In a blow for journalism purists, The NY Times' sponsored content is as popular as its editorial

By James Robinson , written on May 14, 2014

From The News Desk

At this morning’s American Association of Advertising Agencies’ public relations forum, the New York Times’ executive vice president of advertising Meredith Levien threw a cat in with the pigeons.

The Times’ sponsored content (or ‘native advertising’ depending on your preference for buzzwords) was performing roughly as well as its editorial content, Levien said. In some cases, much better. The newspaper’s interactive feature for the Winter Olympic games in Sochi, produced with United Airlines, was viewed nearly 200,000 times, far superseding a typical editorial piece. Its paid post program launched in January and it has signed on eight advertisers, with more set to join shortly.

Levien’s remarks will inevitably serve as proof for fans of sponsored content and those who consider it the intellectual apocalypse, that their side is in the right. There are two groups of people with nothing in common who have their arms in the air right now yelling "I told you so."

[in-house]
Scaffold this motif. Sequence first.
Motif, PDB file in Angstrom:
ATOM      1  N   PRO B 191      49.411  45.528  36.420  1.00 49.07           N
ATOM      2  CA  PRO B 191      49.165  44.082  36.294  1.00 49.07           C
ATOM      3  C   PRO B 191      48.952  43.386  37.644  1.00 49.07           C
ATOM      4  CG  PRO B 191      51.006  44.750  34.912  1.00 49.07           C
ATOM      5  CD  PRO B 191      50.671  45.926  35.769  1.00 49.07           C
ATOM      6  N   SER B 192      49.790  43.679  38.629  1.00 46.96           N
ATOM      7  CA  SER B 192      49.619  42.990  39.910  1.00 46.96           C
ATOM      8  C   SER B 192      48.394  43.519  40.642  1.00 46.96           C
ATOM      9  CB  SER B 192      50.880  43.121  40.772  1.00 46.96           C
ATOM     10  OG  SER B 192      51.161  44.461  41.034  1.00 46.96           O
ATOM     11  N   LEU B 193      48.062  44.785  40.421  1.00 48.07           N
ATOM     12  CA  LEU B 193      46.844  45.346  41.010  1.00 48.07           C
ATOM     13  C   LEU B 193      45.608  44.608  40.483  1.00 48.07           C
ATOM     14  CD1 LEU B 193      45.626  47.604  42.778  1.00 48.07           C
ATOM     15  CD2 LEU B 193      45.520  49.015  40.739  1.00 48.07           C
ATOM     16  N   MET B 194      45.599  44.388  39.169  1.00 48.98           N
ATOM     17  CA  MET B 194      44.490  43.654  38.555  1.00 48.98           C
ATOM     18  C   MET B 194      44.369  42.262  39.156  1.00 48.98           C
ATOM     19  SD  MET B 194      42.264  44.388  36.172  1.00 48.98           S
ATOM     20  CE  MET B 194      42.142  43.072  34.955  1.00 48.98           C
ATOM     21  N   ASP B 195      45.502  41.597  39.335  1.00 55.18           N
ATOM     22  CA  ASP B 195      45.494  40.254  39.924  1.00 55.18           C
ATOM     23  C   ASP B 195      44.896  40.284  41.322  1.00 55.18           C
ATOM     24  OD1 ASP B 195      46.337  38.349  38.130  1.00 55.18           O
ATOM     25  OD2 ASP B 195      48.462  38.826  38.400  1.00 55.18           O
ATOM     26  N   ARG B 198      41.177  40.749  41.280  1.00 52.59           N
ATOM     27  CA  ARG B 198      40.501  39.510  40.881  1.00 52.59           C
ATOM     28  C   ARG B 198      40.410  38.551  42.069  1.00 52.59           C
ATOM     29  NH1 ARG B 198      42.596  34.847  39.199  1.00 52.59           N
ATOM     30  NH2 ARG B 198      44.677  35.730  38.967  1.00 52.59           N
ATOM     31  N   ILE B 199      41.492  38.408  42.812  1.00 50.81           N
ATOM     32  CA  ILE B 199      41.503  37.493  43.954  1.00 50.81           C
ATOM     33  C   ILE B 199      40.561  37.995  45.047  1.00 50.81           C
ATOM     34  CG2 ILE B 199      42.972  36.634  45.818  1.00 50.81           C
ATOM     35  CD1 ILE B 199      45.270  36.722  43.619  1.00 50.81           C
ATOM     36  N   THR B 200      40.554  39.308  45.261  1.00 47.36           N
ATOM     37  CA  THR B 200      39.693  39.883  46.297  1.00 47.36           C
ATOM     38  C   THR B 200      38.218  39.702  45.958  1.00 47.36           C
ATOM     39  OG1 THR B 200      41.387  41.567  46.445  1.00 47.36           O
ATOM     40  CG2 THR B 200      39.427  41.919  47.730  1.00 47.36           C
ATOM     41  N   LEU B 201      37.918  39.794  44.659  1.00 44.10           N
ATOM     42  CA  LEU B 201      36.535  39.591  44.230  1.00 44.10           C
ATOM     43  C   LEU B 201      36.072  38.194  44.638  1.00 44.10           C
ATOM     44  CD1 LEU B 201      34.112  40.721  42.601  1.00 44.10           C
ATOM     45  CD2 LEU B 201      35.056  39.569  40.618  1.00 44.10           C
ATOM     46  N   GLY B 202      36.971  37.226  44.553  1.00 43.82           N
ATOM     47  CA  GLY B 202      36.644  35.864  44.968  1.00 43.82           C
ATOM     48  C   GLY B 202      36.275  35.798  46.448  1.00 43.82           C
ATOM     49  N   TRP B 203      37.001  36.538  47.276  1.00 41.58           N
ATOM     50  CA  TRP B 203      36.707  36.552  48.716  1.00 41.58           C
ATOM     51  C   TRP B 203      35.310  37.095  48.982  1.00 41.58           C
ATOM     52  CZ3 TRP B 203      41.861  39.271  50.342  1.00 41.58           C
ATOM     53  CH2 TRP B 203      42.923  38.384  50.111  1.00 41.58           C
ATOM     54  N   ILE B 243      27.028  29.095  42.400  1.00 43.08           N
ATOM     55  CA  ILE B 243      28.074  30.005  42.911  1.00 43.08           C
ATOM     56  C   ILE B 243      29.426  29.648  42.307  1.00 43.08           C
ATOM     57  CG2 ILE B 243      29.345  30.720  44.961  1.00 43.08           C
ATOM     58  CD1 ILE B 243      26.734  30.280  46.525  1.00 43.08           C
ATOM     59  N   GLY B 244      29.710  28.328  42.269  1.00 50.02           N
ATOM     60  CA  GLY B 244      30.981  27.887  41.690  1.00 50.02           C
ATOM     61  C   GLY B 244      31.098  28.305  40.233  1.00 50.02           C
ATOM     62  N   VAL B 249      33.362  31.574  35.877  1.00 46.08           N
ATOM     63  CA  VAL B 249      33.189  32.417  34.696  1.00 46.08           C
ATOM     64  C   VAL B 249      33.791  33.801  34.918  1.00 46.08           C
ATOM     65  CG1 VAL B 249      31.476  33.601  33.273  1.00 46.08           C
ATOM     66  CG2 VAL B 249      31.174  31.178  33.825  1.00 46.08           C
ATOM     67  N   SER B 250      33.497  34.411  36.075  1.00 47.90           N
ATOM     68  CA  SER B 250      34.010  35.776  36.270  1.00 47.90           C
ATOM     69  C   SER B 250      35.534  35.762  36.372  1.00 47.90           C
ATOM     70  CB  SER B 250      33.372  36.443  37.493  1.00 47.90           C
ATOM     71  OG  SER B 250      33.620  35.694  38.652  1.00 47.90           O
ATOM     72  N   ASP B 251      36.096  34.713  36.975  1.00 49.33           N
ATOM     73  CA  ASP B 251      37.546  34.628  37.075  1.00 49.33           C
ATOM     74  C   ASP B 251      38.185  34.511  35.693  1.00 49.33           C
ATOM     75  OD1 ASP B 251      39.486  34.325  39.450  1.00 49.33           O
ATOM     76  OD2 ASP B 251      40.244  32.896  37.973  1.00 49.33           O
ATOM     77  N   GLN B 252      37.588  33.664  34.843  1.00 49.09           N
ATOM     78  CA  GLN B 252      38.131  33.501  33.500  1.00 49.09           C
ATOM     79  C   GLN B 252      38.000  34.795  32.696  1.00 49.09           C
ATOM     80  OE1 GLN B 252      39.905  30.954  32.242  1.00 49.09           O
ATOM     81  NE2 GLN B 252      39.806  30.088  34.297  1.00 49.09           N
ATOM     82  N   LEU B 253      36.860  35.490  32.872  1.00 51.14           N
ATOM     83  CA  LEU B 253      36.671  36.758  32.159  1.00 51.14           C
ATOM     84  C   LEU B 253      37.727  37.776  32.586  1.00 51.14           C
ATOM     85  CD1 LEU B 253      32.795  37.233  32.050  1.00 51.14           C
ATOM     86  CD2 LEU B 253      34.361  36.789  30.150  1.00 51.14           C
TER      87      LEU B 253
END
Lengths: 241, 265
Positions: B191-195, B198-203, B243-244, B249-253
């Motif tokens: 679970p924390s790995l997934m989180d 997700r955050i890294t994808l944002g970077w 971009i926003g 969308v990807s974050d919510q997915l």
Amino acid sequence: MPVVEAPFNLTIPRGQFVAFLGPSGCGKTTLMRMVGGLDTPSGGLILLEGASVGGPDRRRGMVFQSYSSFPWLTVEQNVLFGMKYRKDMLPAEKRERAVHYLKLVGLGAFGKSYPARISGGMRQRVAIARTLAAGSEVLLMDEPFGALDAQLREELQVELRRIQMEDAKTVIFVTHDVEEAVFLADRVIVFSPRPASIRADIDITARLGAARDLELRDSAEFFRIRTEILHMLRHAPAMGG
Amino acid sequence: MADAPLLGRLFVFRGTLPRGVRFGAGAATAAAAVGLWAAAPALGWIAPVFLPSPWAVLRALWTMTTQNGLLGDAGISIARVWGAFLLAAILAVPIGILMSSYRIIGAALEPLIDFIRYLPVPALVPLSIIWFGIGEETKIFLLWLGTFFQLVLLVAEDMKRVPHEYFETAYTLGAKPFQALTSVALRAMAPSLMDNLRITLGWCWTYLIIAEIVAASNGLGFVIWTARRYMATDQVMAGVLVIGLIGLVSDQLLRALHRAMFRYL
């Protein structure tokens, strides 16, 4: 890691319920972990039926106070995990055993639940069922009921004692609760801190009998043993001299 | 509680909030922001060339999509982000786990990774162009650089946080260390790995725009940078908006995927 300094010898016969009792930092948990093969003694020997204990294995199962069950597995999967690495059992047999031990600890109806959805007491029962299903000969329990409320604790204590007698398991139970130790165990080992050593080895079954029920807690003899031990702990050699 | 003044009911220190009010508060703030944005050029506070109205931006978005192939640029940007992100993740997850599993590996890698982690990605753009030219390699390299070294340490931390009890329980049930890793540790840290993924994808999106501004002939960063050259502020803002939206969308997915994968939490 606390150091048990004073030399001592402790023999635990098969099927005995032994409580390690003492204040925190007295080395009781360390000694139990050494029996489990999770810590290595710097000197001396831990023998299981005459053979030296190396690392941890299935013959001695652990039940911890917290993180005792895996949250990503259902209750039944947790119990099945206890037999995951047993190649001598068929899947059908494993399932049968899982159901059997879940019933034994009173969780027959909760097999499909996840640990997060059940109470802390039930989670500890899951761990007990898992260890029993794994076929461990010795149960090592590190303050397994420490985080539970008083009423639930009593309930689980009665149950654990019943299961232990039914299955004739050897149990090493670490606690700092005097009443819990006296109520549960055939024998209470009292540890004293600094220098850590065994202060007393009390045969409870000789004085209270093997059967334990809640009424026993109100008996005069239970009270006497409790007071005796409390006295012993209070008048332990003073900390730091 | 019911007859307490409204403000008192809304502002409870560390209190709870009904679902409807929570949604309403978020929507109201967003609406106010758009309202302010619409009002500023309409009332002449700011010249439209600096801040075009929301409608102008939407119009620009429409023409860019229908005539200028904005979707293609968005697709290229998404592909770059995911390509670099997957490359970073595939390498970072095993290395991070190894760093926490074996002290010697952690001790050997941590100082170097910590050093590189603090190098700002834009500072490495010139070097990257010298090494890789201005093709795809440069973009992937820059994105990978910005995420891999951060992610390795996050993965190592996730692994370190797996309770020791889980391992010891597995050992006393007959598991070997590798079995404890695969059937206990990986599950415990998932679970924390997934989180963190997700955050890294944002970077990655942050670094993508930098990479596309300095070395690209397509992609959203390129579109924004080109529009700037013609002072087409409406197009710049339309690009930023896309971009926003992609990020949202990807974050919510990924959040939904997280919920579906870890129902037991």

It has long been said that audiences will see right through any media outlet that publishes sponsored content in an attempt to firm up its business model. For those struggling for a steady stream of advertising revenue online, the New York Times’ experience shows that sponsored content isn’t a deal with the devil set to send audience’s running.

People like Buzzfeed’s Jonah Peretti or Vox’s Jim Bankoff have made the case that sponsored content doesn’t make journalism worse, it makes advertising better. Levien has now added her voice to that chorus. The New York Times wasn’t just selling advertisers its audience, she said, but also its storytelling skills to help them make more meaningful messages. There’s no consensus yet about the quality of engagement with these posts, but it’s becoming clear that people are clicking on it.

There’s another group of people whose shoulders will sink a little further at Levien’s news, however.

“It’s hard to read the latest gimmick for infusing a dying industry with cash as anything other than journalism selling its soul,” The Guardian weighed in about native advertising in February.

For this set, the idea that audiences not only weren’t sent for the hills, but actually liked what they were reading will compound fears for the future of the industry. If the Chief Revenue Officers of the world are right and paid content can find an audience, what future does journalism have at all?

“Let’s make no bones about it: The purpose is deception, in the hope that the reader will invest the content with the same credibility and authority of a news report,” journalism professor Anton Harber wrote in Business Day.